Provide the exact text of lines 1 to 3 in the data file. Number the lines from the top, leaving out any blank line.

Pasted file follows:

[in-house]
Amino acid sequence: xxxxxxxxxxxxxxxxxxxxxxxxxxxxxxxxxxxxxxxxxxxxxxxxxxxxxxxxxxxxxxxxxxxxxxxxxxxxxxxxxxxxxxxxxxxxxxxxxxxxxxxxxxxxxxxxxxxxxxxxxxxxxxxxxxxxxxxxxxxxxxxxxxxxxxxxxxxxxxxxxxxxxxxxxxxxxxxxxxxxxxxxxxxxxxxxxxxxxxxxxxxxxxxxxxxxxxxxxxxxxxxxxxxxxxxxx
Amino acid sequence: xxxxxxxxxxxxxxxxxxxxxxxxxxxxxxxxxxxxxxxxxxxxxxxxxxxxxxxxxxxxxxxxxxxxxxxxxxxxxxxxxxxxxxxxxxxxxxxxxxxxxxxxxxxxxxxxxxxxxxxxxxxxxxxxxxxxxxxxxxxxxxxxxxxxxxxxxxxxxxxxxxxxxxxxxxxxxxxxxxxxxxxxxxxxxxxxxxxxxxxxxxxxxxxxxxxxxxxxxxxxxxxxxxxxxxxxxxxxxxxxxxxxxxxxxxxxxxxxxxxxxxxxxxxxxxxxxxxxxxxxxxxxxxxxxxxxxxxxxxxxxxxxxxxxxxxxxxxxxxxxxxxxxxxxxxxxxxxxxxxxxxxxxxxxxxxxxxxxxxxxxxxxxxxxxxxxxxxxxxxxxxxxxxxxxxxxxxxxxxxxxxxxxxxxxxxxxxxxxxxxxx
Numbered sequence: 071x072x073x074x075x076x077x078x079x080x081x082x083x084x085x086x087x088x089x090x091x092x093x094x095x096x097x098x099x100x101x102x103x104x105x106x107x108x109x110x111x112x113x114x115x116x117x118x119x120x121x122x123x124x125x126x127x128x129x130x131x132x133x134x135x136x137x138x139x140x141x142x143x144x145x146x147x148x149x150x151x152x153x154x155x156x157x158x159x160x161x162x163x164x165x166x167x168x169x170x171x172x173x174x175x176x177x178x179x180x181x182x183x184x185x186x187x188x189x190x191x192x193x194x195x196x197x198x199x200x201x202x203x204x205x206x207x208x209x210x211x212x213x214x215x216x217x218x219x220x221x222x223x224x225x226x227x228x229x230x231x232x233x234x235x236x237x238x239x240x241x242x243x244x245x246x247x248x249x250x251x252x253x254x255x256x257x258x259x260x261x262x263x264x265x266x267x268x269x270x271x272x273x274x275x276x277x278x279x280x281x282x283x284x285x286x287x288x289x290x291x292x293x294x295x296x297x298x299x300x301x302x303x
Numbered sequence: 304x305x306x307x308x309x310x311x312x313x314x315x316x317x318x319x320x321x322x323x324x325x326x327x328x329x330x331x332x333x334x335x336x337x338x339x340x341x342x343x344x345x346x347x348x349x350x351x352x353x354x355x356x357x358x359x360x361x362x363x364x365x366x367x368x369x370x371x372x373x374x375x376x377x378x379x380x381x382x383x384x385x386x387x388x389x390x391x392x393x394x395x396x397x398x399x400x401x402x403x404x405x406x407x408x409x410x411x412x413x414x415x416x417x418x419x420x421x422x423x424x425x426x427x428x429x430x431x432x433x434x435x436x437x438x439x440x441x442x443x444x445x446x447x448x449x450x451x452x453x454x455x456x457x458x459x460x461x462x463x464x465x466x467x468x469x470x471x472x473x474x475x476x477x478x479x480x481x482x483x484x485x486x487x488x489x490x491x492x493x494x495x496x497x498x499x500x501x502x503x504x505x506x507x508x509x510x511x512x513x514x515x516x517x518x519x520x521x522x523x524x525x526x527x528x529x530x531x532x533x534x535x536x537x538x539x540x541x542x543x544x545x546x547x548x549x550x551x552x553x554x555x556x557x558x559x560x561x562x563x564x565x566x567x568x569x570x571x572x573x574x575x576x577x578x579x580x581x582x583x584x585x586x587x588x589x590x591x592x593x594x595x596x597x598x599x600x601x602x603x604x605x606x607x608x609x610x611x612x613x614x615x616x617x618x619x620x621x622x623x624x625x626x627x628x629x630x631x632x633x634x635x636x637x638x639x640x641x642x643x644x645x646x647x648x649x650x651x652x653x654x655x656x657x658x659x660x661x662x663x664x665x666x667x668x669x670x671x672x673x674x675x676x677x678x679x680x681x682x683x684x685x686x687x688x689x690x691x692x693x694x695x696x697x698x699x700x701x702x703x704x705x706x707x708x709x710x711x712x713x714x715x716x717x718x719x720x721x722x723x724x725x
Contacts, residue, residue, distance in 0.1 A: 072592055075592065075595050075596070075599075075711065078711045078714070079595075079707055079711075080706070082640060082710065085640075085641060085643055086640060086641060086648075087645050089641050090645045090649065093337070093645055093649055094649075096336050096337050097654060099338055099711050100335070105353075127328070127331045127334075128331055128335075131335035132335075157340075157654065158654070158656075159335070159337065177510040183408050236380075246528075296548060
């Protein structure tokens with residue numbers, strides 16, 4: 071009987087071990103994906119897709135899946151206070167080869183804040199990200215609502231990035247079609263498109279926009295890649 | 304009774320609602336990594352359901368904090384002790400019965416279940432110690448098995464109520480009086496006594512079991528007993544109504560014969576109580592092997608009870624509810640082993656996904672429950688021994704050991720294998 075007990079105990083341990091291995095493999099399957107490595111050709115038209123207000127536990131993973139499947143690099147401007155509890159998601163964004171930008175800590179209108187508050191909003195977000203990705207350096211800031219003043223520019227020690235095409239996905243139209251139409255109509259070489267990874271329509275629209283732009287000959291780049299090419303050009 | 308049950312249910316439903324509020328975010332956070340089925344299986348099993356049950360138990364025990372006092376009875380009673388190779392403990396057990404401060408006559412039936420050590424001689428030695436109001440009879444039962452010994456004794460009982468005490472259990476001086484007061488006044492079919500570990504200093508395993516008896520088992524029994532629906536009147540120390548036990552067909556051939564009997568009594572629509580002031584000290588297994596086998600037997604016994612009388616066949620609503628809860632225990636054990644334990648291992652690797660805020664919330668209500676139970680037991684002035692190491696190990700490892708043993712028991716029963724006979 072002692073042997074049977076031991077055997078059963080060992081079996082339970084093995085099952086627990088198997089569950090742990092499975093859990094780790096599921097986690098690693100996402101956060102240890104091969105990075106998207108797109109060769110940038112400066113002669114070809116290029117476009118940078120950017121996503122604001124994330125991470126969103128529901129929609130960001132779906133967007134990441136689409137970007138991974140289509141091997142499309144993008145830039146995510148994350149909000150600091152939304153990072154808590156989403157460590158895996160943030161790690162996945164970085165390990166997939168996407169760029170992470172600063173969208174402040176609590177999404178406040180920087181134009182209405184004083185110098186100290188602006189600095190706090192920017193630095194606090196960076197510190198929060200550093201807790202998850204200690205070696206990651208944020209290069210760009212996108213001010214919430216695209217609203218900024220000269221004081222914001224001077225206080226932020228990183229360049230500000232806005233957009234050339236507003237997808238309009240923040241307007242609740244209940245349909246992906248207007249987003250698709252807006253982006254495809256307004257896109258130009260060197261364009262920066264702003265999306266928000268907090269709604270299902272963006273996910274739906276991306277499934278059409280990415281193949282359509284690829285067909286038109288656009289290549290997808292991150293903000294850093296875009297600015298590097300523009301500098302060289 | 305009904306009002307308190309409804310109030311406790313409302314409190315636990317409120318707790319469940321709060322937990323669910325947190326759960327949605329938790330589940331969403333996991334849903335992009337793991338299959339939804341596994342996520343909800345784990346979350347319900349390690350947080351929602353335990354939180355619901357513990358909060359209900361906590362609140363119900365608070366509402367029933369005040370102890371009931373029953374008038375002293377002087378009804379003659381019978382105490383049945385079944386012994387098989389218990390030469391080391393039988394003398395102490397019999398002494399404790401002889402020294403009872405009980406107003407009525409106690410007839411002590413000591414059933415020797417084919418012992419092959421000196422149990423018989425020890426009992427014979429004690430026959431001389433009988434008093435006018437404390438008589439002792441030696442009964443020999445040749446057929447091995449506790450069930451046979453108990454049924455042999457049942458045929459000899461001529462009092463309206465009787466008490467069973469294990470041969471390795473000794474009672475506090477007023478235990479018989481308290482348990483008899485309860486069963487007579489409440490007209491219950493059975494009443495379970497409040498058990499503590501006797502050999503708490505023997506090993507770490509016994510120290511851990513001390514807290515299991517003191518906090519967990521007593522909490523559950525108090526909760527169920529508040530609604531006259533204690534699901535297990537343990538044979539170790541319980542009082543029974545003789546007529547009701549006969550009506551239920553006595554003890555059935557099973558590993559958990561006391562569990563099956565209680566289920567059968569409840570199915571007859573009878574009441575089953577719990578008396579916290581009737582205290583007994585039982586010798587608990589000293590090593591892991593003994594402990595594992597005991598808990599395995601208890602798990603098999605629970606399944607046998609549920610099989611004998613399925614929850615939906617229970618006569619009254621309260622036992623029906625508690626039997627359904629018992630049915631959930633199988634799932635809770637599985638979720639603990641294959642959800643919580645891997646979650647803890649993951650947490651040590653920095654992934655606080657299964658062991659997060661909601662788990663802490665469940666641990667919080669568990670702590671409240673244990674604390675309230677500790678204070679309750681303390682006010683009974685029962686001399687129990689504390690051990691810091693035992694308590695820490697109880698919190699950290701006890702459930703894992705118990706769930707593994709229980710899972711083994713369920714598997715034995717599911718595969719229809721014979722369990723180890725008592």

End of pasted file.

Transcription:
[in-house]
Amino acid sequence: xxxxxxxxxxxxxxxxxxxxxxxxxxxxxxxxxxxxxxxxxxxxxxxxxxxxxxxxxxxxxxxxxxxxxxxxxxxxxxxxxxxxxxxxxxxxxxxxxxxxxxxxxxxxxxxxxxxxxxxxxxxxxxxxxxxxxxxxxxxxxxxxxxxxxxxxxxxxxxxxxxxxxxxxxxxxxxxxxxxxxxxxxxxxxxxxxxxxxxxxxxxxxxxxxxxxxxxxxxxxxxxxxxxxxxxxx
Amino acid sequence: xxxxxxxxxxxxxxxxxxxxxxxxxxxxxxxxxxxxxxxxxxxxxxxxxxxxxxxxxxxxxxxxxxxxxxxxxxxxxxxxxxxxxxxxxxxxxxxxxxxxxxxxxxxxxxxxxxxxxxxxxxxxxxxxxxxxxxxxxxxxxxxxxxxxxxxxxxxxxxxxxxxxxxxxxxxxxxxxxxxxxxxxxxxxxxxxxxxxxxxxxxxxxxxxxxxxxxxxxxxxxxxxxxxxxxxxxxxxxxxxxxxxxxxxxxxxxxxxxxxxxxxxxxxxxxxxxxxxxxxxxxxxxxxxxxxxxxxxxxxxxxxxxxxxxxxxxxxxxxxxxxxxxxxxxxxxxxxxxxxxxxxxxxxxxxxxxxxxxxxxxxxxxxxxxxxxxxxxxxxxxxxxxxxxxxxxxxxxxxxxxxxxxxxxxxxxxxxxxxxxxx